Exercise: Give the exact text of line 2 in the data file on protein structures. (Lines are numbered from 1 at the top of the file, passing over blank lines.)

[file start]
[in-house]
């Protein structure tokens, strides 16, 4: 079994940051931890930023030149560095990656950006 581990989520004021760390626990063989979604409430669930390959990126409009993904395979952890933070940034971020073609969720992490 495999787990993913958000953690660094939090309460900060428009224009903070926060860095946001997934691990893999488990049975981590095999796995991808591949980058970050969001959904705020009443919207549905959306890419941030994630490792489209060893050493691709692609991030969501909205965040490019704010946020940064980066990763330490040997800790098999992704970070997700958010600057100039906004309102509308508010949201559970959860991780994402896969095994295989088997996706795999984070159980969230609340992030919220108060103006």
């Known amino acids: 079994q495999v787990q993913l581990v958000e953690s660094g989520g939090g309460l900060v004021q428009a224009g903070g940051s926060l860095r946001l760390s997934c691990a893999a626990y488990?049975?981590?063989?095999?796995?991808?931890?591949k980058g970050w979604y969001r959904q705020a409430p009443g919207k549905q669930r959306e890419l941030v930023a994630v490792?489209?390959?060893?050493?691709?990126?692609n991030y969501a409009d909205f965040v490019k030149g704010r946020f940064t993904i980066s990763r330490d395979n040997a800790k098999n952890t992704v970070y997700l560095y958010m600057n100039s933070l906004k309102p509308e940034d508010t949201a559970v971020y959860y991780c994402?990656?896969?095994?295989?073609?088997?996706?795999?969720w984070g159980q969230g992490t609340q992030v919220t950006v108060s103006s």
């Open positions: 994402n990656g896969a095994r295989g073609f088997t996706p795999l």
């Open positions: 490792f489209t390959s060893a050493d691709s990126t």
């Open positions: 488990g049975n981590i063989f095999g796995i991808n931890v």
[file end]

């Protein structure tokens, strides 16, 4: 079994940051931890930023030149560095990656950006 581990989520004021760390626990063989979604409430669930390959990126409009993904395979952890933070940034971020073609969720992490 495999787990993913958000953690660094939090309460900060428009224009903070926060860095946001997934691990893999488990049975981590095999796995991808591949980058970050969001959904705020009443919207549905959306890419941030994630490792489209060893050493691709692609991030969501909205965040490019704010946020940064980066990763330490040997800790098999992704970070997700958010600057100039906004309102509308508010949201559970959860991780994402896969095994295989088997996706795999984070159980969230609340992030919220108060103006």